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“Ahmphhgmmm,” said RJ, stretching comfortably. He reached over to his nightstand to slap his alarm clock, only to realize that it wasn’t screaming like a tortured soul as per usual. That’s right. I’m self-employed, now. Kind of. Privately employed? By myself? He yawned and swung his legs off the bed, setting his bare feet down onto the cool tile floor. The absolutely freezing tile floor. Tile. Who has tile in the bedroom?! It’s unnatural. The ugliest shade of green in existence, too, he thought, glancing down at the-

“GARFIELDWHEREDIDFLOORGO!?” RJ frantically scrambled back into the middle of his bed, heart pounding against his ribcage like a headhunter at a pagan ritual playing one of those giant drums. The floor is gone. The floor is no longer there. Why is there no floor. There was a floor when I went to sleep. I know there was. Where did the floor go? “Garfield!” he yelled, trying to calm himself.

He heard a clatter from the only other room in the apartment – besides the bathroom – as his roommate dumped his breakfast dishes into the sink. “Morning, RJ,” said Garfield, walking onto the no floor place where the floor used to be. He stood there in his baggy pajama pants, suspended above the apartment below theirs – the exact same apartment, but with better furnishings.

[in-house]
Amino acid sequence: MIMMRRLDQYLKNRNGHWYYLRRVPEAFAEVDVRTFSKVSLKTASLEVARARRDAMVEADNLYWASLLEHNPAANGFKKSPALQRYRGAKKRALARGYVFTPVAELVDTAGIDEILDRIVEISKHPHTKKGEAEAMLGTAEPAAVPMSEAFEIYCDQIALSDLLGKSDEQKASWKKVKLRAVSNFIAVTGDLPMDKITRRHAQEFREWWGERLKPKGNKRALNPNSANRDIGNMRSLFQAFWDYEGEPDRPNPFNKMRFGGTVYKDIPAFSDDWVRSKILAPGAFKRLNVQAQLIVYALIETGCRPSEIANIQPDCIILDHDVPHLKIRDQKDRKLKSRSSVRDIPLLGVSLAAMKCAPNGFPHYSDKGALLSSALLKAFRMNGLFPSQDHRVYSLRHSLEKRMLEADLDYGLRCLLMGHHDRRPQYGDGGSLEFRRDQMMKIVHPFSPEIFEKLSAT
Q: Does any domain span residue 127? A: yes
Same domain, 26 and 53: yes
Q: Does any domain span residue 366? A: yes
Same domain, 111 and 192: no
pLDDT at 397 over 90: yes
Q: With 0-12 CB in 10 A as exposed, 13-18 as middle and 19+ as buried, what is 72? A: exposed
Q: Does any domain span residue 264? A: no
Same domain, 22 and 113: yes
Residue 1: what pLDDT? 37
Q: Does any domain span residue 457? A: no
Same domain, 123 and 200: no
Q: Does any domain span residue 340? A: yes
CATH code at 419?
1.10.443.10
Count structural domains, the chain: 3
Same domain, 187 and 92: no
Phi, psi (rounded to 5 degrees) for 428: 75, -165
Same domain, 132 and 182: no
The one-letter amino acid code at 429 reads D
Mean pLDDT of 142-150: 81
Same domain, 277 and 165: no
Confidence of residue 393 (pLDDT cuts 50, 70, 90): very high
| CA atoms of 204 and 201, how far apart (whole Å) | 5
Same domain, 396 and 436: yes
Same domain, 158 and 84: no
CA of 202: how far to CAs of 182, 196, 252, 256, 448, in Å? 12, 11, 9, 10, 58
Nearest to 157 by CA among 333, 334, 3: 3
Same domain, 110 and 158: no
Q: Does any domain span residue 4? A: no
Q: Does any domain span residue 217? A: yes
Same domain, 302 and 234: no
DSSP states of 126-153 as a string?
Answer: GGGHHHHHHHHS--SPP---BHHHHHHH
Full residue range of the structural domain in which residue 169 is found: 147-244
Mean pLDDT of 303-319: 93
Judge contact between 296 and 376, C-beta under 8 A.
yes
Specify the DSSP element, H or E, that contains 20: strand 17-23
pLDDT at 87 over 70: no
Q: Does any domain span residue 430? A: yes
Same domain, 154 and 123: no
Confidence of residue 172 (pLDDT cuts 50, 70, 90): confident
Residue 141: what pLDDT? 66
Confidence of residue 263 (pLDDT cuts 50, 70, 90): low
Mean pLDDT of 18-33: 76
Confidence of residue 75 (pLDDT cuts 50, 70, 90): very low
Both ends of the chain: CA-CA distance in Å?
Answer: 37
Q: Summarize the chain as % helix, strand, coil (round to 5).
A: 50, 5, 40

“There’s a floor,” commented RJ, looking at the way his roommate’s feet flattened out at the sides where they pressed down on- on something.

“You got me, Sherlock. There’s a floor.” Garfield rolled his light brown eyes and went over to their shared wardrobe, selecting one of his four pieces of clothing and draping it over his shoulder.

“There actually is a floor. You can see the floor?” RJ asked, looking up.

Garfield shrugged into his only button-down shirt, a Hawaiin one with orange and yellow flowers flooding the surface. It fit snugly over his broad frame – a remnant of his years playing college football. He turned to RJ. “Yes, RJ,” he said, speaking slowly and over-enunciating every word. “I, can, see, the, floor. Sheesh, how many hours of sleep did you get?”

“You can see the floor,” replied RJ, leaning over the side of the bed. He saw a suede couch with chocolate brown pillows at each end. “I want a suede couch,” he murmured to himself. Hesitantly, he lowered his left foot off the bed and touched the floor with his big toe. “The floor is cold,” he noted, setting his foot down flat.

“A master of deduction you are,” said Garfield. He did up the last button on his blindingly Hawaiian shirt and peered sceptically at RJ. “You sure you’re cut out for P.I. work? Law school’s hard as concrete, but at least it doesn’t drive you nuts.”

Deduction, that’s right. Deduct, RJ – deduct things. What can you deduct? You mean deduce. I mean deduce. “You can see the floor. You are standing on the floor.” He slid off his bed and hopped up and down a few times. “I am standing on the floor.”

“Dude, are you still dreaming?”